The last time the government tried to mandate back doors, the plans were to exempt government employees and bankers. When asked why those people people would be exempt and not regular citizens, President Clinton answered that it was because “those people are GOOD citizens”. So there you have it. Government employees and bankers = good citizens. Everyone else = bad citizens.

Peter says:

It's about dodging accountability, not about encryption.

The security agencies have, for all practical purposes, unlimited funds and unlimited rights to do whatever necessary to keep us safe. They should have known where to look,and who to look for, half a year after Paris.

And yet, they failed to protect us. Again, after failing to act on early warnings on the Paris attacks.

Perhaps it is easier for them to bury that topic and talk about encryption instead …

MadAsASnake (profile) says:

And once again we have on clear display a sickening attack that wasn’t thwarted – not in the slightest – by all those haystacks of data. They didn’t stop it. They didn’t even detect it until the bombs were going off. This is what we pay billions in “intelligence” for? Encryption? this is a group whose MO to date doesn’t particularly use it. Not even on the playing field.

Anonymous Coward says:

Re: Re:

And once again we have on clear display a sickening attack that wasn’t thwarted – not in the slightest – by all those haystacks of data. They didn’t stop it. They didn’t even detect it until the bombs were going off.

Maybe not, but you can bet they’ve probably got a pretty good profile of your political beliefs and transgressions. Those “random” tax audits and traffic stops aren’t always as random as parallel construction would make them seem.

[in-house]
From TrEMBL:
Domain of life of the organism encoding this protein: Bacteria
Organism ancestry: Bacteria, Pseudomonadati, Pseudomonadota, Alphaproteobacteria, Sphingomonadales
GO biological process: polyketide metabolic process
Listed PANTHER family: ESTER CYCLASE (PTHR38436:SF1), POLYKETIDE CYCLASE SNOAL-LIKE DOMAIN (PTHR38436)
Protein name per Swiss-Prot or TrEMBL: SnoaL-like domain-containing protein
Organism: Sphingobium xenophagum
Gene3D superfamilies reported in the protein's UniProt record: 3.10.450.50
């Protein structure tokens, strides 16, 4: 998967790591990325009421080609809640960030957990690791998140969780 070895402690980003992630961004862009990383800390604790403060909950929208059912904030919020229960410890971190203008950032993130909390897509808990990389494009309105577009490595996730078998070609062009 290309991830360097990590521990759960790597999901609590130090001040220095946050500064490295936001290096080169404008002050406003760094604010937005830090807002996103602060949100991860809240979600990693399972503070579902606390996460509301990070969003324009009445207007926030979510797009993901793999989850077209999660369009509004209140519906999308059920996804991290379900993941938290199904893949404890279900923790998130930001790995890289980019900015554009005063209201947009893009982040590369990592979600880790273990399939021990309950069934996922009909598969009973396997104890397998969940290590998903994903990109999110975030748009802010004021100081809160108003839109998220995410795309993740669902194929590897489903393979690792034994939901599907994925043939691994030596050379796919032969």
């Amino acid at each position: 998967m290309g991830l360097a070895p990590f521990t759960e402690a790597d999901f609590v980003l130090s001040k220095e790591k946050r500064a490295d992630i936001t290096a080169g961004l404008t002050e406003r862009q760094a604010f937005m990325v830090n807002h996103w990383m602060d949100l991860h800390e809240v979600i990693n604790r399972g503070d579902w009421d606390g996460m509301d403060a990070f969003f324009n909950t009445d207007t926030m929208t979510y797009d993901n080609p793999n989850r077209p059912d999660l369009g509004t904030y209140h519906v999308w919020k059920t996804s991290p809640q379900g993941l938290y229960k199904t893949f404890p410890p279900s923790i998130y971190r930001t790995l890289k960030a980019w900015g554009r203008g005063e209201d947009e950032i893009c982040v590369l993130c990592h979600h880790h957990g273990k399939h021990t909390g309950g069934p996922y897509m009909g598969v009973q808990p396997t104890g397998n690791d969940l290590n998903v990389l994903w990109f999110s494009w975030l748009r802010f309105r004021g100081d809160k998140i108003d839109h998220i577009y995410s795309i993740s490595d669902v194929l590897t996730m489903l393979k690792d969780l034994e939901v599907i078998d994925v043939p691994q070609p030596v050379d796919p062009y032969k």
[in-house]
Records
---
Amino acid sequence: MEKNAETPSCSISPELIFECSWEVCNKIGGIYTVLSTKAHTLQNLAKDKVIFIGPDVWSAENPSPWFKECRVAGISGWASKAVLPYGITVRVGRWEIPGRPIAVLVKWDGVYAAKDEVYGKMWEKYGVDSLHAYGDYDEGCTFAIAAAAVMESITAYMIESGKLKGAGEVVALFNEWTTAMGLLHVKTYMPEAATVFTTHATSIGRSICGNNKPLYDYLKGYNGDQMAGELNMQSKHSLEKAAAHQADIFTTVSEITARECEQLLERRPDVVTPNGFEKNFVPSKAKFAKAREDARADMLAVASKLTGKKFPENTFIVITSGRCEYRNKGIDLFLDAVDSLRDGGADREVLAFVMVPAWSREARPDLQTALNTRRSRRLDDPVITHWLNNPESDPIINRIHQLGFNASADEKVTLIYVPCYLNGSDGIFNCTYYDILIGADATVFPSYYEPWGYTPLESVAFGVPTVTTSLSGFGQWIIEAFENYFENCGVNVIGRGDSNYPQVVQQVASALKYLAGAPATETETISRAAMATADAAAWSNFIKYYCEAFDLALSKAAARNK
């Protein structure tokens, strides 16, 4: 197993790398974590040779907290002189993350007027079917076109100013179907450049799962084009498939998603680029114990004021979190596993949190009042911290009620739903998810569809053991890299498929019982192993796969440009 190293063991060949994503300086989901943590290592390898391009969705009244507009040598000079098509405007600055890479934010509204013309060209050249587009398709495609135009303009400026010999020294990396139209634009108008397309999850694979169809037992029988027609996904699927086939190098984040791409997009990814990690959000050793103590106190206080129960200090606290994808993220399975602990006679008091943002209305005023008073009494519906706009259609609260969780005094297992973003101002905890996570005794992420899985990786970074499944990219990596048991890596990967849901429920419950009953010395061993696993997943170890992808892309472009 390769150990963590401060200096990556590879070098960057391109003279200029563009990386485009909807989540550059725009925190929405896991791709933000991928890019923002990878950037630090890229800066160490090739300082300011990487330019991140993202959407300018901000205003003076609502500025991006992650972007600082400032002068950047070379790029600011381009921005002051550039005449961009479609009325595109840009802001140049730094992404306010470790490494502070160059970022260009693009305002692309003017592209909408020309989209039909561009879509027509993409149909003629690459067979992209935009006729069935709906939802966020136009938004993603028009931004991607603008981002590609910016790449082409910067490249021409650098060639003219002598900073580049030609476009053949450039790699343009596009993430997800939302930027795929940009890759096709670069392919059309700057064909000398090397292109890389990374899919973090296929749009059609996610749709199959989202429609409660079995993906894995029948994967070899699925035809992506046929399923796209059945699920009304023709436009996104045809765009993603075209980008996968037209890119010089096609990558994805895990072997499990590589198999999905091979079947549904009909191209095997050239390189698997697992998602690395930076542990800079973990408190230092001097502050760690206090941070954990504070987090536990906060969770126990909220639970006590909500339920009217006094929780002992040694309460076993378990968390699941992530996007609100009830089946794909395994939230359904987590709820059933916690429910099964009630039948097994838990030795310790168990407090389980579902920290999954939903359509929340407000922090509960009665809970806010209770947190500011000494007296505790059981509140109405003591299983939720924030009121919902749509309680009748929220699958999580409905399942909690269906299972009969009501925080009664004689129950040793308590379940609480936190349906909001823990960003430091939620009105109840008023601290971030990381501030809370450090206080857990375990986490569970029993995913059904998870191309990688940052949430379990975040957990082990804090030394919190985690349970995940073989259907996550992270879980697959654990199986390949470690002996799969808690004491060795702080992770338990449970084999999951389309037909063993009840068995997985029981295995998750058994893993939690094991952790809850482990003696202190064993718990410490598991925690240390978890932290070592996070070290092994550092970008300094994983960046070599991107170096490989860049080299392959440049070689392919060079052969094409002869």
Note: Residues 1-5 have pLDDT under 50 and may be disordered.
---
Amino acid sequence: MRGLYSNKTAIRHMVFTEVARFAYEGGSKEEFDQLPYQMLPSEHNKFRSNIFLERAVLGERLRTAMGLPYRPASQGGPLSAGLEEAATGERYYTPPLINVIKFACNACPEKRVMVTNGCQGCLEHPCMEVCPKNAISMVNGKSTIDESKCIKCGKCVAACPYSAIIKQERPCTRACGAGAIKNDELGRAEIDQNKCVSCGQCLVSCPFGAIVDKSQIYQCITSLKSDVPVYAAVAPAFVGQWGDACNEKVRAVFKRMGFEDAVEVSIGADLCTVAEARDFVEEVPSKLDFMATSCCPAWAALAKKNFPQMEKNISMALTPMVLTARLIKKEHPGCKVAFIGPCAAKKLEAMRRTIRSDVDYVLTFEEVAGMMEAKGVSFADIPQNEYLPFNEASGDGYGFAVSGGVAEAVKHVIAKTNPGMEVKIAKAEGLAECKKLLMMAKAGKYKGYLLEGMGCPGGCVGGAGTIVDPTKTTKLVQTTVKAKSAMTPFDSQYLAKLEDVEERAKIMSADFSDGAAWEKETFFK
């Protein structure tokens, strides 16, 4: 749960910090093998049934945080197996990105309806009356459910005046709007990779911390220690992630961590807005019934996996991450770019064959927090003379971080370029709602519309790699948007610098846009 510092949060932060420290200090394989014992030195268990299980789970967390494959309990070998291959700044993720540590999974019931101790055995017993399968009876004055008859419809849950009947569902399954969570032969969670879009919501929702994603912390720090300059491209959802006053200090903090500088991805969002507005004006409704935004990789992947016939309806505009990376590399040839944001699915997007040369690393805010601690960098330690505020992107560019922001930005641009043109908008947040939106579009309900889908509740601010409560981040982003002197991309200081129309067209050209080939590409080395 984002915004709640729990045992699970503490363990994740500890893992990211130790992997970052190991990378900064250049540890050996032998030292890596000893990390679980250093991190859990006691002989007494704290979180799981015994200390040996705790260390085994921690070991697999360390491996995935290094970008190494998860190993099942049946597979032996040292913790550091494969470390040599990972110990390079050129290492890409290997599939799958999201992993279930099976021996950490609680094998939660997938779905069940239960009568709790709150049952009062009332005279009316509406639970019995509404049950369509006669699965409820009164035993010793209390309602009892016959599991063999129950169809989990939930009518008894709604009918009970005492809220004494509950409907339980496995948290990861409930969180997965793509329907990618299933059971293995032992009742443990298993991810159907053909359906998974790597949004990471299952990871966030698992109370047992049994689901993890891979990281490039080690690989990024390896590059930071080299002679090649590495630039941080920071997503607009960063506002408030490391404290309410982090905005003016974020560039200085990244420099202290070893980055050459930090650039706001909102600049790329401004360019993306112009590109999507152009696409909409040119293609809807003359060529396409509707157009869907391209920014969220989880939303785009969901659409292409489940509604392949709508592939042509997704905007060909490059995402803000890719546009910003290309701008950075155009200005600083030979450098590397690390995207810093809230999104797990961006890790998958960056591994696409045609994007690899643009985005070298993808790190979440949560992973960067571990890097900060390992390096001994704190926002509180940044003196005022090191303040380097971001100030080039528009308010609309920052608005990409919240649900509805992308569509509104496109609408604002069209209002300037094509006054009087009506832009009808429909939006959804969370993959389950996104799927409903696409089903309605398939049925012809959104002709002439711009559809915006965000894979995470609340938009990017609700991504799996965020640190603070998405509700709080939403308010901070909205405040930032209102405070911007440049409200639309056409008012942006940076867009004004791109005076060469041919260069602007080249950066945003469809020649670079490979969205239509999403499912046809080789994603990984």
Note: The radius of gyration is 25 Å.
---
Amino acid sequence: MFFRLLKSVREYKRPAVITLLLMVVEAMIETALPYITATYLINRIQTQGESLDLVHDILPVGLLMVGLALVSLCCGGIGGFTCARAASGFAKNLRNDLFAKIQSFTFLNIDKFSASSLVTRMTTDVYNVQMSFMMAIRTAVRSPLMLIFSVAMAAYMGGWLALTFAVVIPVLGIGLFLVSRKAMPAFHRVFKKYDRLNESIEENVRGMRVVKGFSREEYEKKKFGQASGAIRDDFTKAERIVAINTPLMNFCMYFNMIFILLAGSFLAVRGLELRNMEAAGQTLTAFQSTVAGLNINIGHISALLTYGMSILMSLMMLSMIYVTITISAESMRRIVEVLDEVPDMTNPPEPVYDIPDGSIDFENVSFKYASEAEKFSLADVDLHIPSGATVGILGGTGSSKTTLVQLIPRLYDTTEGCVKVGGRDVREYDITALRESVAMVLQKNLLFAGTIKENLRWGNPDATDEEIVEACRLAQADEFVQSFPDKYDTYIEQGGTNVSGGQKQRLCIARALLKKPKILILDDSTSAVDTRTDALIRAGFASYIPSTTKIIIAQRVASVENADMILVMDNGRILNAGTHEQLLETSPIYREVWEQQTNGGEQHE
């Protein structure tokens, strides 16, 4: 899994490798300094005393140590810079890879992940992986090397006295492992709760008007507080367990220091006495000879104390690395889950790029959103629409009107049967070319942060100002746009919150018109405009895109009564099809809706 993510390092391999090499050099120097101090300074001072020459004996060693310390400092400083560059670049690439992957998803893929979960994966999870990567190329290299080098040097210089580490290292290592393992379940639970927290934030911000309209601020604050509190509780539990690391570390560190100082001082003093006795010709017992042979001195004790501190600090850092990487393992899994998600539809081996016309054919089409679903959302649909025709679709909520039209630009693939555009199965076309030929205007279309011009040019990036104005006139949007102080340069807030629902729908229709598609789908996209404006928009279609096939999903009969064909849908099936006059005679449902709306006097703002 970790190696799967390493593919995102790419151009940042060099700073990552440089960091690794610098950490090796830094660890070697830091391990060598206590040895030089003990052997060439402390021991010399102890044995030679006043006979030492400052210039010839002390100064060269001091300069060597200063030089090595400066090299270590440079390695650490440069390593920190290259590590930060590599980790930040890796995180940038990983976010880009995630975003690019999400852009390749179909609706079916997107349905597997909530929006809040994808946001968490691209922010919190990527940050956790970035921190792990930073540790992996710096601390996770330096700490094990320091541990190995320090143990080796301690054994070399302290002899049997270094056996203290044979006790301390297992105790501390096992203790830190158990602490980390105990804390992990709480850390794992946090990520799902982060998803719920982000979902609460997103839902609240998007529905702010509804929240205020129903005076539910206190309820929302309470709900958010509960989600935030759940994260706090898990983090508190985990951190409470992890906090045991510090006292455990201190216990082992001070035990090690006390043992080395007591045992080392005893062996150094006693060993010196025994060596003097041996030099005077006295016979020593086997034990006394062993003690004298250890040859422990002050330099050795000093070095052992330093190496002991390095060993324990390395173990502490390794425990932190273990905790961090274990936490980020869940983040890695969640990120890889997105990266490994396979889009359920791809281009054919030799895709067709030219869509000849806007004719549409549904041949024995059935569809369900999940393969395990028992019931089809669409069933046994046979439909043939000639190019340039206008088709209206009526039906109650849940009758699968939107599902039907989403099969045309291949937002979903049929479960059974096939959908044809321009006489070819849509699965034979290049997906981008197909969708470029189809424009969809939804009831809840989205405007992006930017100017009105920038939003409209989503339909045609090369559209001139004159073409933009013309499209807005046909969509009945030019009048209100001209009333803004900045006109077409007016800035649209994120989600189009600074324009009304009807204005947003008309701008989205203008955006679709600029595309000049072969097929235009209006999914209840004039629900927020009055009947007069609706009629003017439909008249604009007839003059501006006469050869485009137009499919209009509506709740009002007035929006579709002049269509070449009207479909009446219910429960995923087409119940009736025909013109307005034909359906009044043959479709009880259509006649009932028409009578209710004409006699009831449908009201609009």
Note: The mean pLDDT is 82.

Anonymous Coward says:

Re: Re:

This. These minor attacks, like Paris, are the work of incompetent amateurs who barely know what they’re doing. Their methods are sloppy, their tactics are questionable, and their results are poor. Yet — even with billions, if not trillions of dollars, with rooms full of supercomputers, armies of analysts, ever-more-intrusive surveillance — governments STILL can’t stop these clowns.

They won’t be able to stop them if encryption suddenly vanishes either.

sigalrm (profile) says:

Lets look at the timelines...

Last Friday, Salah Abdeslam, one of the suspects in the Paris attacks, was arrested in Brussels. He apparently stated, during questioning, that additional attacks were planned.

Last night, additional attacks were carried out. In Brussels.

They had a terrorist suspect- in-hand, being interrogated, and by several accounts cooperating with the authorities that had him in custody – and the attacks still caught authorities unaware.

And the go-to evil technology is encryption?